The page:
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Journal of Clinical Gastroenterology and Treatment

DOI: 10.23937/2469-584X/1510030

Profile of 151 Patients Undergoing Open Gastrostomy an a Cancer Hospital

Matheus Matta Machado Mafra Duque Estrada Meyer*, Edmilson Celso Santos, Thalita Ezequiel de Souza, Paulo Vilela Neto, Laura Mendes França, Luisa Godinho Soares Bomfá, Marina Janot Pacheco de Castro, Paula Ferreira Pôssa, Rita de Cássia Melo Rabelo and Marcos Campos Wanderley Reis

Department of General Surgery, Baleia Hospital, Belo Horizonte/MG, Brazil

*Corresponding author: Matheus Matta Machado Mafra Duque Estrada Meyer, Department of General Surgery, Baleia Hospital, Rua Juramento 1484 - Bairro Saudade - 30285-000, Belo Horizonte/MG, Brazil, E-mail:
J Clin Gastroenterol Treat, JCGT-2-030, (Volume 2, Issue 3), Original Article; ISSN: 2469-584X
Received: May 24, 2016 Accepted: July 06, 2016 | Published: July 08, 2016
Citation: Meyer MMMMDE, Santos EC, de Souza TE, Neto PV, França LM, et al. (2016) Profile of 151 Patients Undergoing Open Gastrostomy an a Cancer Hospital. J Clin Gastroenterol Treat 2:030. 10.23937/2469-584X/1510030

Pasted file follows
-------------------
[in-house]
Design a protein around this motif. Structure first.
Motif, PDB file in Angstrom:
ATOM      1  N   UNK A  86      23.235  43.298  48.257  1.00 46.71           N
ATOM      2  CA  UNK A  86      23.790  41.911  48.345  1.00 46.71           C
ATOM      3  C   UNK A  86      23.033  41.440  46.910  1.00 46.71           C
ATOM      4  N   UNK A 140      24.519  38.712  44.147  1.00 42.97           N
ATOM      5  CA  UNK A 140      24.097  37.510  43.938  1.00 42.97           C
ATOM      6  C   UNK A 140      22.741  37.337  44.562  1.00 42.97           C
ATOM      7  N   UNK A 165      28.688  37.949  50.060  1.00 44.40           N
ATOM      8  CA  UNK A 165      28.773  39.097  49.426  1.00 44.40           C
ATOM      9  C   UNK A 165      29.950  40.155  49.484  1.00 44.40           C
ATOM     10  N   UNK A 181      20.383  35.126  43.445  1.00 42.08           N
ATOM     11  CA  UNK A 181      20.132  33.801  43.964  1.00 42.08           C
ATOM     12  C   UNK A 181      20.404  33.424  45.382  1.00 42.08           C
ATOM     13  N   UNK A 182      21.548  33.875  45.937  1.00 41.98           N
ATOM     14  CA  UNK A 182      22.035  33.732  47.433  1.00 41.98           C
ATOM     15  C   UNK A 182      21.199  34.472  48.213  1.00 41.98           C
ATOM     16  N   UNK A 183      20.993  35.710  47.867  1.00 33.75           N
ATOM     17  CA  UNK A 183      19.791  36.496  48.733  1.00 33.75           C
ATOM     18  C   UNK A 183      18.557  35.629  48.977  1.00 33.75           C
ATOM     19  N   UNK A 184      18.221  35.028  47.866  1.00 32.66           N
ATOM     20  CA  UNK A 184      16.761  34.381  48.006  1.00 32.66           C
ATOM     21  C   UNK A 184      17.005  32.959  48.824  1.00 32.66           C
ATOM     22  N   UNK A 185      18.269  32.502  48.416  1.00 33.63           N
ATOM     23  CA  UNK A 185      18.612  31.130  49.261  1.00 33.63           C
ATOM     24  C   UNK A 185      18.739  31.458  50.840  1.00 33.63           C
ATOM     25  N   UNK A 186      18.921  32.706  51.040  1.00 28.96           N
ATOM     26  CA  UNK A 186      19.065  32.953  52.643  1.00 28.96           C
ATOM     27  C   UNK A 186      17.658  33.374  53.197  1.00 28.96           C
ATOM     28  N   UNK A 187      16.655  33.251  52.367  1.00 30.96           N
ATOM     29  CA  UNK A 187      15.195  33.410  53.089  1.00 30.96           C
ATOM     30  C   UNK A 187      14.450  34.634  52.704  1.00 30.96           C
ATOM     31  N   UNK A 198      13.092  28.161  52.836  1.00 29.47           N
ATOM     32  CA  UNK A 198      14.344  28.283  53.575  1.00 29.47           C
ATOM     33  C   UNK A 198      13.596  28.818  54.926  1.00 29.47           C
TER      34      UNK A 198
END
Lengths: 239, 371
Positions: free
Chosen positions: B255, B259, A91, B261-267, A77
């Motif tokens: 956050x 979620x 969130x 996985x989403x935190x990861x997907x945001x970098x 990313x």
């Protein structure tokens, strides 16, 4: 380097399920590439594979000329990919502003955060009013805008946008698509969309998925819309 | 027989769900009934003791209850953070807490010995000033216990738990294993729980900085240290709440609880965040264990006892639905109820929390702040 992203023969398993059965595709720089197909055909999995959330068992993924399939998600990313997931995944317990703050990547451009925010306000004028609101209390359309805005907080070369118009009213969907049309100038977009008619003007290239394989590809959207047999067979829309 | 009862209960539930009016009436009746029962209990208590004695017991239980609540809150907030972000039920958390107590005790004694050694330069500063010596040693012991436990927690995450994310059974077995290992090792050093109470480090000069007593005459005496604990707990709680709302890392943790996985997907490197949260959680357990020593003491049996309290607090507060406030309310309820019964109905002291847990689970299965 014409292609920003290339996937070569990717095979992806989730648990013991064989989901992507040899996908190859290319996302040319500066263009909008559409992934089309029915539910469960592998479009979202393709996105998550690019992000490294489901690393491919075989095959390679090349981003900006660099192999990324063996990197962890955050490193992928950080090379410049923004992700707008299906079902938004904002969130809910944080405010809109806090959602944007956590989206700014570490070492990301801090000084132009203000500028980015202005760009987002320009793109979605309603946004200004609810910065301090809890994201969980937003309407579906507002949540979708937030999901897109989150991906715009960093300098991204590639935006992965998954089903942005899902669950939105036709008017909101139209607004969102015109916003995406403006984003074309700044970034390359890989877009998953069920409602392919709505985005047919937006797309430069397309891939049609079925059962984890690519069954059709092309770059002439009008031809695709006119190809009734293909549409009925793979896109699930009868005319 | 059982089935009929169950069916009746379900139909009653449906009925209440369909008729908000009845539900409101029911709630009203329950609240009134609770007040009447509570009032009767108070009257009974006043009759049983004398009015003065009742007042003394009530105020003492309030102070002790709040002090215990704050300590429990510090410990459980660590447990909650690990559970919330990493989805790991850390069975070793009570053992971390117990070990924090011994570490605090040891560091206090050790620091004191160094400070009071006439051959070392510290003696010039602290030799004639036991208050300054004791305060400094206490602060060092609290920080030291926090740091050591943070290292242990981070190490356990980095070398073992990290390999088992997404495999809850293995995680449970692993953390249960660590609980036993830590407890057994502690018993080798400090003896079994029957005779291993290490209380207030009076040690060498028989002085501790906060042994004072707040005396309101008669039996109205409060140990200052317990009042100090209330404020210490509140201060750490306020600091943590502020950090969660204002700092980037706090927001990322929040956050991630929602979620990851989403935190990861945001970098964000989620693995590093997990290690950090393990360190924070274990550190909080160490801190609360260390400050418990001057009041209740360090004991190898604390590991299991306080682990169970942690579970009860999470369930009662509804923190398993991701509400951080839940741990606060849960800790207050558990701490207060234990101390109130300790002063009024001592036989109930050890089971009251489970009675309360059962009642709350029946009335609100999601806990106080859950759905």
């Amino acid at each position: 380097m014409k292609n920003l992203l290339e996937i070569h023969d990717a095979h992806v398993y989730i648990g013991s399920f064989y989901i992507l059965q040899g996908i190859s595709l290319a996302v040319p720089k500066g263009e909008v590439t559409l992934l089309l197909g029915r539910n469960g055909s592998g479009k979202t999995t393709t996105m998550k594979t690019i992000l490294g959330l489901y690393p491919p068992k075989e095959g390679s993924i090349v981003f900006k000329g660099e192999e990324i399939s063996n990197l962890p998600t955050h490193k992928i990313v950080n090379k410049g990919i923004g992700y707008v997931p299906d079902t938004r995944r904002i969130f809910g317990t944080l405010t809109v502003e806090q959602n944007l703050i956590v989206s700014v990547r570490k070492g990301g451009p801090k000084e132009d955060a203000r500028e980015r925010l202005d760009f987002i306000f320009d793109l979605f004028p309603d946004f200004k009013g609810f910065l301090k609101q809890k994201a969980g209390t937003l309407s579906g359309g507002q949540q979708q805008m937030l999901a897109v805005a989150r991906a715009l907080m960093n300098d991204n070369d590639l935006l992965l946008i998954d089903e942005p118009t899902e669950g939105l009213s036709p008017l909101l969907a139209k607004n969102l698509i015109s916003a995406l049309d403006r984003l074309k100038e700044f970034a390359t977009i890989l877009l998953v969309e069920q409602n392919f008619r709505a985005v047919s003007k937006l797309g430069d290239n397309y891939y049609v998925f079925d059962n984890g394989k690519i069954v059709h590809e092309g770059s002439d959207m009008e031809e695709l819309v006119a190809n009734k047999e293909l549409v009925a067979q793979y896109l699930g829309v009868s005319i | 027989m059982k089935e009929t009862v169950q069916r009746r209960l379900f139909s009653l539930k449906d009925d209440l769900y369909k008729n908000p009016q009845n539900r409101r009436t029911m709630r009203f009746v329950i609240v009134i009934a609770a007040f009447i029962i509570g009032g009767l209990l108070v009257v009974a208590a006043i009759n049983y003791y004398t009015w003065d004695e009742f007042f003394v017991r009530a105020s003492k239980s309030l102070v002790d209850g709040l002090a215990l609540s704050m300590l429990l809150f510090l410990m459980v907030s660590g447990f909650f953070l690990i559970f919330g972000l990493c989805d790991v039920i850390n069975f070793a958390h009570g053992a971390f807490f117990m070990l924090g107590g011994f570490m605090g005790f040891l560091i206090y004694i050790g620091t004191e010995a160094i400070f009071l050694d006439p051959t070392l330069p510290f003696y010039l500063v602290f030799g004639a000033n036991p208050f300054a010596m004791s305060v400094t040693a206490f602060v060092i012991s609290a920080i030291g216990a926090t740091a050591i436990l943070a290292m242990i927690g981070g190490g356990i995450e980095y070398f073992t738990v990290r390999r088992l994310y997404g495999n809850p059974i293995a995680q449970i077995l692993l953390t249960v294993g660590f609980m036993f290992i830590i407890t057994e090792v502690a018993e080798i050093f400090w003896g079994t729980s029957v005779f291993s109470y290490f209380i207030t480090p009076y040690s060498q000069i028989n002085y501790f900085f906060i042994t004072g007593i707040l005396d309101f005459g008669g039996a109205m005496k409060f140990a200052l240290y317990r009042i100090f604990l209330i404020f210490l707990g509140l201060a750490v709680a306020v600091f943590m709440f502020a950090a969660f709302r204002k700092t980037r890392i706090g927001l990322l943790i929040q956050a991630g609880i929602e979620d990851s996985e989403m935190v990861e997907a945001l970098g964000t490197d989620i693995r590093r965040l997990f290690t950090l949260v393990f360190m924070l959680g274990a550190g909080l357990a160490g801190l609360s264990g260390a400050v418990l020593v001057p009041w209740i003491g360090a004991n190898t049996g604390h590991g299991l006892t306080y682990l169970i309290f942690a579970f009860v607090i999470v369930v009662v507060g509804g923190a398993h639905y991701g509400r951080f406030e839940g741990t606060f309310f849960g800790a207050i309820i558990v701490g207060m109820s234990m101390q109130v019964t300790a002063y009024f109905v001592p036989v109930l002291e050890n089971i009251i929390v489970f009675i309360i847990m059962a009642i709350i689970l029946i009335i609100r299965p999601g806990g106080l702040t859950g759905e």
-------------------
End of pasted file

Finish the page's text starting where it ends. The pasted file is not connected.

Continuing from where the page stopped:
Copyright: © 2016 Meyer MMMMDE, et al. This is an open-access article distributed under the terms of the Creative Commons Attribution License, which permits unrestricted use, distribution, and reproduction in any medium, provided the original author and source are credited.


The gastrostomy is a procedure that aims to ensure a feeding pathway for patients who are unable to maintain adequate long term oral intake. Currently there are described the classical open technique and minimally invasive techniques, such as percutaneous endoscopic and percutaneous fluoroscopic gastrostomy, each one with its profile of indications and complications.

Here we present a retrospective, nonrandomized review of medical records of 151 patients who underwent open gastrostomy, the surgical complications resulting from the procedure (29.1%), the need of visits to the emergency care unit (53.6%), hospital readmissions (16.5%) and deaths (1.5%) in the period of 2011 to 2015.